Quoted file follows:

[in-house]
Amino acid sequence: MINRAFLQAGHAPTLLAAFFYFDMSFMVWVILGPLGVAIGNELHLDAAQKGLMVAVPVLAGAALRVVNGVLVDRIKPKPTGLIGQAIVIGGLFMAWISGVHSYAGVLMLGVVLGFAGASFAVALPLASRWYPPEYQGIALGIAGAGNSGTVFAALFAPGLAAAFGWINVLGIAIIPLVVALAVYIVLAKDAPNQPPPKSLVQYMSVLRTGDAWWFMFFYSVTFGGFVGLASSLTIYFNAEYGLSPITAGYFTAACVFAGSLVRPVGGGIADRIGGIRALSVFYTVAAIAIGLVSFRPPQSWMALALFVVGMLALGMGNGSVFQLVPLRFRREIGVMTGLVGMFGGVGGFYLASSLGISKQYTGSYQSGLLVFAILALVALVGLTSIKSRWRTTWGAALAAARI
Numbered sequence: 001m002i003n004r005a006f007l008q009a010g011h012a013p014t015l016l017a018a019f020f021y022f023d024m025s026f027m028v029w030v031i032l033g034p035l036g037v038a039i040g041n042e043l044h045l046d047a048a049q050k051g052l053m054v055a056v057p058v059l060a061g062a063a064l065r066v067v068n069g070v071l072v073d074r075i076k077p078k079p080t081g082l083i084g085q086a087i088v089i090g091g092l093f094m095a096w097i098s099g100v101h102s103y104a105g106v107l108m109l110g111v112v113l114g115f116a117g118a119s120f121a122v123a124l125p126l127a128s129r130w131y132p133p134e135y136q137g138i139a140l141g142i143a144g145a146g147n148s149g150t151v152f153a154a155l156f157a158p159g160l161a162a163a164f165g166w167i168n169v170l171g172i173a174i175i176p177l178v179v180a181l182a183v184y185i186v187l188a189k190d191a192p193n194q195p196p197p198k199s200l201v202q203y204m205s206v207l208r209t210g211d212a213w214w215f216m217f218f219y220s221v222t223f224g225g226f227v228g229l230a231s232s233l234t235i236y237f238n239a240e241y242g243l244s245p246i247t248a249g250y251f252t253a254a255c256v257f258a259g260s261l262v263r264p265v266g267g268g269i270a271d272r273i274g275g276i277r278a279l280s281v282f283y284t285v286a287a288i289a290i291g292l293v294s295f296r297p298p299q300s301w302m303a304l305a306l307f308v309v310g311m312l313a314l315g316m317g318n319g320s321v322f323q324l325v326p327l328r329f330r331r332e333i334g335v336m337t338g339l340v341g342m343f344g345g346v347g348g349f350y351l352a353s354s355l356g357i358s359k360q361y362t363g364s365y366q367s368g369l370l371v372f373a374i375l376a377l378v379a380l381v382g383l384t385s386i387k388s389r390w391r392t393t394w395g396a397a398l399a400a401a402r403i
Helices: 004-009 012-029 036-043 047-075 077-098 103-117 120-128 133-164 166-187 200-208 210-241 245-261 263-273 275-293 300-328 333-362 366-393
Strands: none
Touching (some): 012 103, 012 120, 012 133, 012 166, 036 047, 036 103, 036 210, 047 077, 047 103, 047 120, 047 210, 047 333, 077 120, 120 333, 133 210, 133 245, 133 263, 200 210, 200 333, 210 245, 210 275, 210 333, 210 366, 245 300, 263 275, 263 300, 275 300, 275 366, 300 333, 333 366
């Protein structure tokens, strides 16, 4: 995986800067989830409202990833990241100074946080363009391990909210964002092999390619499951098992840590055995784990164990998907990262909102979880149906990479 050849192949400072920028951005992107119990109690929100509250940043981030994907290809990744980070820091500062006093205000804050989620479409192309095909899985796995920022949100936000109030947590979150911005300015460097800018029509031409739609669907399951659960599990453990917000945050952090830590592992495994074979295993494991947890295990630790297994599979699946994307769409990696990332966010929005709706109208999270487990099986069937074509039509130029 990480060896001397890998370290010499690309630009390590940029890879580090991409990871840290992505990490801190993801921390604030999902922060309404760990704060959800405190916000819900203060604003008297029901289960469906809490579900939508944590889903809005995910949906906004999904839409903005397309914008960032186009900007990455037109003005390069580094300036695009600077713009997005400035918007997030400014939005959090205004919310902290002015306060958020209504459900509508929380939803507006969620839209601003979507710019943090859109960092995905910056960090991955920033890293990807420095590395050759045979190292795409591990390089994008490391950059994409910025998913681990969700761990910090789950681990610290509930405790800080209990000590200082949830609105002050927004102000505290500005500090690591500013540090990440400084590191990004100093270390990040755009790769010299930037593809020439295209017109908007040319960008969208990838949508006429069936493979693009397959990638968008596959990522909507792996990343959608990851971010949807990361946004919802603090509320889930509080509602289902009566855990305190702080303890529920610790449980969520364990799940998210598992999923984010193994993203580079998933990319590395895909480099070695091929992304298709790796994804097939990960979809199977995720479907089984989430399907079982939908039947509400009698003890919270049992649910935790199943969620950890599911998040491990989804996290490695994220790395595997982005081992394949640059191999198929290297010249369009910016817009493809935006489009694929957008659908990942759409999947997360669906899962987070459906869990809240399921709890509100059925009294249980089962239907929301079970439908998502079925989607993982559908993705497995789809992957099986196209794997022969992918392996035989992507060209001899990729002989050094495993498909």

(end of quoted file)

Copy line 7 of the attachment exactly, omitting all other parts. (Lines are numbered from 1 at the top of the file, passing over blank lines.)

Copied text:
């Protein structure tokens, strides 16, 4: 995986800067989830409202990833990241100074946080363009391990909210964002092999390619499951098992840590055995784990164990998907990262909102979880149906990479 050849192949400072920028951005992107119990109690929100509250940043981030994907290809990744980070820091500062006093205000804050989620479409192309095909899985796995920022949100936000109030947590979150911005300015460097800018029509031409739609669907399951659960599990453990917000945050952090830590592992495994074979295993494991947890295990630790297994599979699946994307769409990696990332966010929005709706109208999270487990099986069937074509039509130029 990480060896001397890998370290010499690309630009390590940029890879580090991409990871840290992505990490801190993801921390604030999902922060309404760990704060959800405190916000819900203060604003008297029901289960469906809490579900939508944590889903809005995910949906906004999904839409903005397309914008960032186009900007990455037109003005390069580094300036695009600077713009997005400035918007997030400014939005959090205004919310902290002015306060958020209504459900509508929380939803507006969620839209601003979507710019943090859109960092995905910056960090991955920033890293990807420095590395050759045979190292795409591990390089994008490391950059994409910025998913681990969700761990910090789950681990610290509930405790800080209990000590200082949830609105002050927004102000505290500005500090690591500013540090990440400084590191990004100093270390990040755009790769010299930037593809020439295209017109908007040319960008969208990838949508006429069936493979693009397959990638968008596959990522909507792996990343959608990851971010949807990361946004919802603090509320889930509080509602289902009566855990305190702080303890529920610790449980969520364990799940998210598992999923984010193994993203580079998933990319590395895909480099070695091929992304298709790796994804097939990960979809199977995720479907089984989430399907079982939908039947509400009698003890919270049992649910935790199943969620950890599911998040491990989804996290490695994220790395595997982005081992394949640059191999198929290297010249369009910016817009493809935006489009694929957008659908990942759409999947997360669906899962987070459906869990809240399921709890509100059925009294249980089962239907929301079970439908998502079925989607993982559908993705497995789809992957099986196209794997022969992918392996035989992507060209001899990729002989050094495993498909």